# Probability problem with $n$ keys and $k$ locks

Let's say we have $n$ keys and $k$ locks on a door, with $n \ge k$. The $n$ keys are different, i.e. only $1$ key goes into a specific lock. Also every lock has a key that goes to it (but some of the keys may be "duds"). What is the probability of unlockin gthe door on the $M$th attempt?

If we had $n$ keys and $1$ lock then obviously the probability to unlock on $M$-th attempt would be $\frac1n$, but now we have more locks.

So let's say we have $11$ keys and $2$ locks, what the probability that while we unlock we use up $3$ keys that are bad?

Is it $\frac1{11}\cdot\frac1{11}$ because we try the key on both doors before discarding it? If it doesn't unlock any door we don't use it again.

What if we have more locks?

• Clarification: "only $1$ key goes into $k$ locks": Does this mean that there are $n-k$ keys that don't go into any locks, and each of the remaining $k$ keys goes into one of the $k$ locks? – Brian Tung Feb 22 '17 at 23:43
• Do you mean "there is one particular key which opens one specific lock" or instead "each key opens its particular partner lock"? – David G. Stork Feb 22 '17 at 23:46
• Edited. 1 key to 1 lock, my bad – CyprusN Feb 22 '17 at 23:48
• Define an "attempt", and define "unlock". Do you meant to define the first key in the first lock is the first attempt? Also, are we to assume that all locks are locked to start with? The algorithm needs to be defined. Do you try all keys in one lock and then proceed to the next lock, or one key in all locks? The 2nd algorithm would on average solve the problem faster. – samerivertwice Feb 23 '17 at 19:53

## 2 Answers

Throughout I'm assuming that you meant one key goes into at most 1 lock, not $k$ as otherwise your answer is still $\frac{1}{n}$.

Lay out the order that you use your keys in. There are $n!$ ways of doing this. You want the probability that we open the door of the $a$-th try for some $k\leq a\leq n$. How many permutations of yours would achieve this? You need to count all permutations with $k-1$ good keys in the first $a-1$ slots and a good key in the $a$-th slot. You can do this in $k\left(\begin{array}{c} n-k \\ a-k\end{array}\right)(k-1)!(a-k)!\left(\begin{array}{c} a-1 \\ k-1 \end{array}\right)(n-a)!=k\frac{(n-k)!(a-1)!}{(a-k)!}$ ways, where the first two terms coming from deciding which $k-1$ and $a-k$ keys from the good and bad pile should be in the first $a-1$ slots, the third and fourth gives the total number of ways to arrange them individually, the fifth is the number of ways to position each group, and the final term the number of ways to arrange the leftover bad keys afterwards, making the probability of this happening $k\frac{(n-k)!(a-1)!}{(a-k)!n!}$, again only for $k\leq a\leq n$.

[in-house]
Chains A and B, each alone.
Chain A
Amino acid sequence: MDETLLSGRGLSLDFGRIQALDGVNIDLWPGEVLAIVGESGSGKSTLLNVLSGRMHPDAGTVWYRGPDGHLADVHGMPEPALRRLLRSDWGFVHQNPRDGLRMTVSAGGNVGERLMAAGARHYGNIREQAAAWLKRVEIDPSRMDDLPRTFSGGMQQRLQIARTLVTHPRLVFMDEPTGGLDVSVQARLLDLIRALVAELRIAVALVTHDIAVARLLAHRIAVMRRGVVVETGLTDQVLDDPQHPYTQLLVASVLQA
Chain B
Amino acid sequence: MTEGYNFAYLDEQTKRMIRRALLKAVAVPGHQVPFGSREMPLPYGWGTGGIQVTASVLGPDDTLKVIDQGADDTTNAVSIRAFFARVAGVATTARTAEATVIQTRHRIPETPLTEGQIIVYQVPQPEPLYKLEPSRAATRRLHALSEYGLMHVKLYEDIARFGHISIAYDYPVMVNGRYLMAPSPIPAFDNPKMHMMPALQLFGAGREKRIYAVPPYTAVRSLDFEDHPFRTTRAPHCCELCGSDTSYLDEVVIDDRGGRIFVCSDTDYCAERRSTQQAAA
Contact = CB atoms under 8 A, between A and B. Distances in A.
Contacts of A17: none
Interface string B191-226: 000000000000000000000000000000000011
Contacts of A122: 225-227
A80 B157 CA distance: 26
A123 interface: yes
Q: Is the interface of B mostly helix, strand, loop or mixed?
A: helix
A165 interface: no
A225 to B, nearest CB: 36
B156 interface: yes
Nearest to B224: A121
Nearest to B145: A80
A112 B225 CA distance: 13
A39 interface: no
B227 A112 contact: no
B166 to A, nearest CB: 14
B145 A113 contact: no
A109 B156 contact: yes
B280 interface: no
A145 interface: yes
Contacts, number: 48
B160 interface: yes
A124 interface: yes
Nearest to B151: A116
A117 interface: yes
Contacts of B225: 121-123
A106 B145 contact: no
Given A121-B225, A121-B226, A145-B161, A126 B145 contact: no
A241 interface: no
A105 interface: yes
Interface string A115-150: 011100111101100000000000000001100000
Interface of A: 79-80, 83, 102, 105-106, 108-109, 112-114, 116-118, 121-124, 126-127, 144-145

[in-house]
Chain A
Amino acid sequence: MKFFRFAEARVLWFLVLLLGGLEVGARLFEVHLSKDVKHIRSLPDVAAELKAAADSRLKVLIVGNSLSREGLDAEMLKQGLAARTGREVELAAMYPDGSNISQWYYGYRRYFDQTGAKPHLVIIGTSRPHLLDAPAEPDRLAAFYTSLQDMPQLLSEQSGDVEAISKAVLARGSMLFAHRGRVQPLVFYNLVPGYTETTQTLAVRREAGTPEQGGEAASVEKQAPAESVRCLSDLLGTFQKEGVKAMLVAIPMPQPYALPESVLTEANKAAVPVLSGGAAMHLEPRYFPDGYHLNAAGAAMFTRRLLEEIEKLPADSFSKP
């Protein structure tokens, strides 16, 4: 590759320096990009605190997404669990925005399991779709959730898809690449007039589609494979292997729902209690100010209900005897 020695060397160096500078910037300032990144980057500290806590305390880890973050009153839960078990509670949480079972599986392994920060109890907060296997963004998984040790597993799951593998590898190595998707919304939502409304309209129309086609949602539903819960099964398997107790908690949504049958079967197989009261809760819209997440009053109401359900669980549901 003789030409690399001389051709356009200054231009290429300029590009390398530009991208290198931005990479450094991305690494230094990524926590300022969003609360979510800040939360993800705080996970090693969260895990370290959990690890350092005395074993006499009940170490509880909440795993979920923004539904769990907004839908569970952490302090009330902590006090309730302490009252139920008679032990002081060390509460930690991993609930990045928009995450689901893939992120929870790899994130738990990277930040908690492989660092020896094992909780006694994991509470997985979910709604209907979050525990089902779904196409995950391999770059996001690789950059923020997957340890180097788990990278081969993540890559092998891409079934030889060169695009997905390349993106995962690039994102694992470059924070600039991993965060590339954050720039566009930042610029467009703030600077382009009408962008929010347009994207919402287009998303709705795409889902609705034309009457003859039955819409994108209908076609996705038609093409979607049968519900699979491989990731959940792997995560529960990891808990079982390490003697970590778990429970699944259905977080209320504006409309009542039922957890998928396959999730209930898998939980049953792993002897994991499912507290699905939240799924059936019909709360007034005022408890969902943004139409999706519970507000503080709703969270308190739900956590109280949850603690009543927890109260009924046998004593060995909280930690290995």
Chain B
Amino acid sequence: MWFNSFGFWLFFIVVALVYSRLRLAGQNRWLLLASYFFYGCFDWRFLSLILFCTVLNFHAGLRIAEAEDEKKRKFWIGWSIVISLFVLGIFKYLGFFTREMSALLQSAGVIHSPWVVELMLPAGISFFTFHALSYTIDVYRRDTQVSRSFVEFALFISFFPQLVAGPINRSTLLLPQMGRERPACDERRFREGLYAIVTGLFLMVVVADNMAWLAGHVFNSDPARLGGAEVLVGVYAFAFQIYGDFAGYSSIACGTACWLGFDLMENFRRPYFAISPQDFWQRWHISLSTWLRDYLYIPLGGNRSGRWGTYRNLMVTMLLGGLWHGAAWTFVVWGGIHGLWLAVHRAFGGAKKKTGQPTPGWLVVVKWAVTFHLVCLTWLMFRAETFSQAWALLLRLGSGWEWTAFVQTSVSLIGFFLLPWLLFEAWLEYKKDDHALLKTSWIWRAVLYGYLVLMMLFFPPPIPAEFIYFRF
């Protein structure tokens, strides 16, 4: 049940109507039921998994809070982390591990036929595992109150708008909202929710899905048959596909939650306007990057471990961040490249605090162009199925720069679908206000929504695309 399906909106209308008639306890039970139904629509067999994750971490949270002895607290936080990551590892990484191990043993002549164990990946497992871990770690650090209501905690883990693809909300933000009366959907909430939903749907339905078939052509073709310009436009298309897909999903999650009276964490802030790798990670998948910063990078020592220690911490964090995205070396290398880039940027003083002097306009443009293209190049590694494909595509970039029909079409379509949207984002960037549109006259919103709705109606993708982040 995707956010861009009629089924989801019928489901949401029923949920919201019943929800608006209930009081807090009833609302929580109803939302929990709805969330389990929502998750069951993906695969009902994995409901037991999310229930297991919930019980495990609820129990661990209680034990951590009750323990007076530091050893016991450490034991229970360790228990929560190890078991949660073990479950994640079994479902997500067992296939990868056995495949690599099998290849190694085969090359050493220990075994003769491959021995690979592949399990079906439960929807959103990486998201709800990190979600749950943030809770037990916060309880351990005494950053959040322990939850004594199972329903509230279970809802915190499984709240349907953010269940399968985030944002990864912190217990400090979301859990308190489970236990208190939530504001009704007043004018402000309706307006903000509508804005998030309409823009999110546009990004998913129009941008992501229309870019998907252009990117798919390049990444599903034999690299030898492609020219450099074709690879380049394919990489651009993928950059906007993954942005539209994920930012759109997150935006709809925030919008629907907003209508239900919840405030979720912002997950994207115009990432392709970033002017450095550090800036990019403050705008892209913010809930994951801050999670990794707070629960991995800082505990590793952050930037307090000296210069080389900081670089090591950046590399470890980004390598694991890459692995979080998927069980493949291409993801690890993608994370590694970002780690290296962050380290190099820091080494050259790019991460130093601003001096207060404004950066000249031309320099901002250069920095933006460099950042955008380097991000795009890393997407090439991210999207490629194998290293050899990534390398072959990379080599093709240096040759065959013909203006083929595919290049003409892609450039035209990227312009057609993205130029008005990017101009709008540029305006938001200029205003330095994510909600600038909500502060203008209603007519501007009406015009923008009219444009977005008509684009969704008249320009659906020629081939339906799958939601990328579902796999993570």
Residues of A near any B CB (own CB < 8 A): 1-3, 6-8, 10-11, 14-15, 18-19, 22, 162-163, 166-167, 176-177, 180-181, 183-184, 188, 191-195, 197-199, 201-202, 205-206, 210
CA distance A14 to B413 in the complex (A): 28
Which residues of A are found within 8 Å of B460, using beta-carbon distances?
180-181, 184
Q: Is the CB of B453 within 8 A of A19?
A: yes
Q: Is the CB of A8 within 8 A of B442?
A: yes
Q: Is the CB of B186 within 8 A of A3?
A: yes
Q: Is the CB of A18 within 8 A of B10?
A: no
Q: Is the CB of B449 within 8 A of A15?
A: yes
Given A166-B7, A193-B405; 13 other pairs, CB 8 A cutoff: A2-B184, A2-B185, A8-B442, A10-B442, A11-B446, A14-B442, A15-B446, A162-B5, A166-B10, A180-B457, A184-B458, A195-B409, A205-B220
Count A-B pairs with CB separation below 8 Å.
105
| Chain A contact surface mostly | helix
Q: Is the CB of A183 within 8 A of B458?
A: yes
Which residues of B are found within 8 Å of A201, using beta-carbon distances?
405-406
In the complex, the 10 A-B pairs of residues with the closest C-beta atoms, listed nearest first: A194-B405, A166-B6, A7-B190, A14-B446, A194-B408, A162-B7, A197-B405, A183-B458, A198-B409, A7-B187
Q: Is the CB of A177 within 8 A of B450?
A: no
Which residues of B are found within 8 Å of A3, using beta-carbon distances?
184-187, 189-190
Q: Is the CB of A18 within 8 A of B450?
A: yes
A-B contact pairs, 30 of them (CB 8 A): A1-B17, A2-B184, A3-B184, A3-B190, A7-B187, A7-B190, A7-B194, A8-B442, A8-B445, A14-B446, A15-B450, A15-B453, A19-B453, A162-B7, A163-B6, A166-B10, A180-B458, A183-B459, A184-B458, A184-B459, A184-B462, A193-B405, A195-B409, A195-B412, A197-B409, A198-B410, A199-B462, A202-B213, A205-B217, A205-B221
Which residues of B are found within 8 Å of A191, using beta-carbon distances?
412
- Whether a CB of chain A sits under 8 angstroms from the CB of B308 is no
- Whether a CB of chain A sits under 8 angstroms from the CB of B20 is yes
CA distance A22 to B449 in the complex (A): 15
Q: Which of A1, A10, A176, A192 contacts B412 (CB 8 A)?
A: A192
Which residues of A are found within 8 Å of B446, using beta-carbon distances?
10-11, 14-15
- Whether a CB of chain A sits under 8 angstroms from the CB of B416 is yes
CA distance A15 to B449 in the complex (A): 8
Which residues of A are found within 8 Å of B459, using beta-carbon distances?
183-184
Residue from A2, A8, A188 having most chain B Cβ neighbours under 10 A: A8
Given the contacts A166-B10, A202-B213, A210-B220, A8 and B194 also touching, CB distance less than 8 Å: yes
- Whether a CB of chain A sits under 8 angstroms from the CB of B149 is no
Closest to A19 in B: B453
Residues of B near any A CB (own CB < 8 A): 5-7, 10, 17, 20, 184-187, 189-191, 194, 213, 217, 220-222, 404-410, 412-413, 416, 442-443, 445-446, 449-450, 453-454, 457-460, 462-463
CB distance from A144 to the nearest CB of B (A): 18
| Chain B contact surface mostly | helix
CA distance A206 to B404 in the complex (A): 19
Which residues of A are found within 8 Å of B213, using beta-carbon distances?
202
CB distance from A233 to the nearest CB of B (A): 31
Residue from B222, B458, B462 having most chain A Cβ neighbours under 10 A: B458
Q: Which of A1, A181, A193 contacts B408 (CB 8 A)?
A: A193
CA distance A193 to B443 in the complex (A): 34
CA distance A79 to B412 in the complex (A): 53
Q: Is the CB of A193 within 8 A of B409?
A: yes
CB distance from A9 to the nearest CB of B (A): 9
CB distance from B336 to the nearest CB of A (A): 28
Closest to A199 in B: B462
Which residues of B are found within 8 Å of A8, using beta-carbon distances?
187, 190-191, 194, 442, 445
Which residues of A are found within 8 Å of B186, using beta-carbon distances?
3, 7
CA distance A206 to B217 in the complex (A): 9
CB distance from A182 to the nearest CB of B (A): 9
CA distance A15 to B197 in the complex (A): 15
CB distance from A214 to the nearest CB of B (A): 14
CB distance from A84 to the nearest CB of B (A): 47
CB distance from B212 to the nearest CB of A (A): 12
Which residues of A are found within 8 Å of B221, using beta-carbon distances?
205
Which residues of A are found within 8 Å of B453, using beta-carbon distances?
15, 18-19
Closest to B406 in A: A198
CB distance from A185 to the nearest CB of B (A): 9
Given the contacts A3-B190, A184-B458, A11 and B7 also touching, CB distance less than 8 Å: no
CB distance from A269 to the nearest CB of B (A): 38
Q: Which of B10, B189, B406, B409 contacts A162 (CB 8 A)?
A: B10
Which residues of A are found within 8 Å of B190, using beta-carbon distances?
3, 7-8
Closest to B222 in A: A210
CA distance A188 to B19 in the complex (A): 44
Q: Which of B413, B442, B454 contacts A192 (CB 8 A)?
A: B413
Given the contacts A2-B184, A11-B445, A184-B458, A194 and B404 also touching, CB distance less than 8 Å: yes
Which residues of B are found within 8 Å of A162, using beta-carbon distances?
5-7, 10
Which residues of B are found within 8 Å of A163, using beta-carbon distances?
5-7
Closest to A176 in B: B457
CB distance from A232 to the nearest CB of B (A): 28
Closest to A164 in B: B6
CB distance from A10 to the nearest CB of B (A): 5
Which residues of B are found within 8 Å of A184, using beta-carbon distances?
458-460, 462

Note: I think the question may be defining "attempt" as trying the key on a single lock. In this answer, I took "attempt" to be trying one key (on every lock).

The question is: if there are $n$ keys and $k$ locks, and a random ordering of the $n$ keys, what is the probability that the locks are all unlocked in $m$ steps, where $k \le m \le n$?

Overall, we randomly choose $k$ of the $n$ keys to be the correct ones, and this can be done in $\binom{n}{k}$ ways. The question is then the probability that the last correct key is the $m$th one. The number of ways to do that is $\binom{m-1}{k-1}$, since we have to choose which of the $m-1$ first keys are the $k-1$ remaining correct ones.

Therefore the answer is $$\frac{\binom{m-1}{k-1}}{\binom{n}{k}} = \frac{(m-1)! \cdot (n-k)! \cdot k}{(m-k)! \cdot n!}.$$ Note the special cases:

• When $k = 1$, this gives ${(n-1)!}/{n!} = 1/n$, which is what you computed.

• When $m = k$, this gives $1 / \binom{n}{k}$, because the correct keys must all come at the front.

• When $n = k$, this gives $1$ if $m = n$, $0$ otherwise.